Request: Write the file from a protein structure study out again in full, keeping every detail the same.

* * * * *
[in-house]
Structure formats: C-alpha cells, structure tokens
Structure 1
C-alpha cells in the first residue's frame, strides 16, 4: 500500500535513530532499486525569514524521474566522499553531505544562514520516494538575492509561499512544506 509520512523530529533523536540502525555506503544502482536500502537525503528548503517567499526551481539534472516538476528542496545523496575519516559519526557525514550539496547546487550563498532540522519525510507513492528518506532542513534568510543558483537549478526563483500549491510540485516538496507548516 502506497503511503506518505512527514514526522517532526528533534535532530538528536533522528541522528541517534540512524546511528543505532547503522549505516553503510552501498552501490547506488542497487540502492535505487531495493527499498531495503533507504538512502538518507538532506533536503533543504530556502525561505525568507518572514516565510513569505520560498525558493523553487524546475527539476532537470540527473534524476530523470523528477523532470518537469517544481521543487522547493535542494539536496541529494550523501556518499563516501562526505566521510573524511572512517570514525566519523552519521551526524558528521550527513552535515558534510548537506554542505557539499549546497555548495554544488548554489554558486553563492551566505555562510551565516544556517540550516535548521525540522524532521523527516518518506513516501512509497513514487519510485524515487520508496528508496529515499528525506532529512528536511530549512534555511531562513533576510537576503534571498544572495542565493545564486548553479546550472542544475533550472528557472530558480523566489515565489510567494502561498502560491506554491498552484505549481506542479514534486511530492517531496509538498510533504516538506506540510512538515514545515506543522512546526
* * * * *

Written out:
[in-house]
Structure formats: C-alpha cells, structure tokens
Structure 1
C-alpha cells in the first residue's frame, strides 16, 4: 500500500535513530532499486525569514524521474566522499553531505544562514520516494538575492509561499512544506 509520512523530529533523536540502525555506503544502482536500502537525503528548503517567499526551481539534472516538476528542496545523496575519516559519526557525514550539496547546487550563498532540522519525510507513492528518506532542513534568510543558483537549478526563483500549491510540485516538496507548516 502506497503511503506518505512527514514526522517532526528533534535532530538528536533522528541522528541517534540512524546511528543505532547503522549505516553503510552501498552501490547506488542497487540502492535505487531495493527499498531495503533507504538512502538518507538532506533536503533543504530556502525561505525568507518572514516565510513569505520560498525558493523553487524546475527539476532537470540527473534524476530523470523528477523532470518537469517544481521543487522547493535542494539536496541529494550523501556518499563516501562526505566521510573524511572512517570514525566519523552519521551526524558528521550527513552535515558534510548537506554542505557539499549546497555548495554544488548554489554558486553563492551566505555562510551565516544556517540550516535548521525540522524532521523527516518518506513516501512509497513514487519510485524515487520508496528508496529515499528525506532529512528536511530549512534555511531562513533576510537576503534571498544572495542565493545564486548553479546550472542544475533550472528557472530558480523566489515565489510567494502561498502560491506554491498552484505549481506542479514534486511530492517531496509538498510533504516538506506540510512538515514545515506543522512546526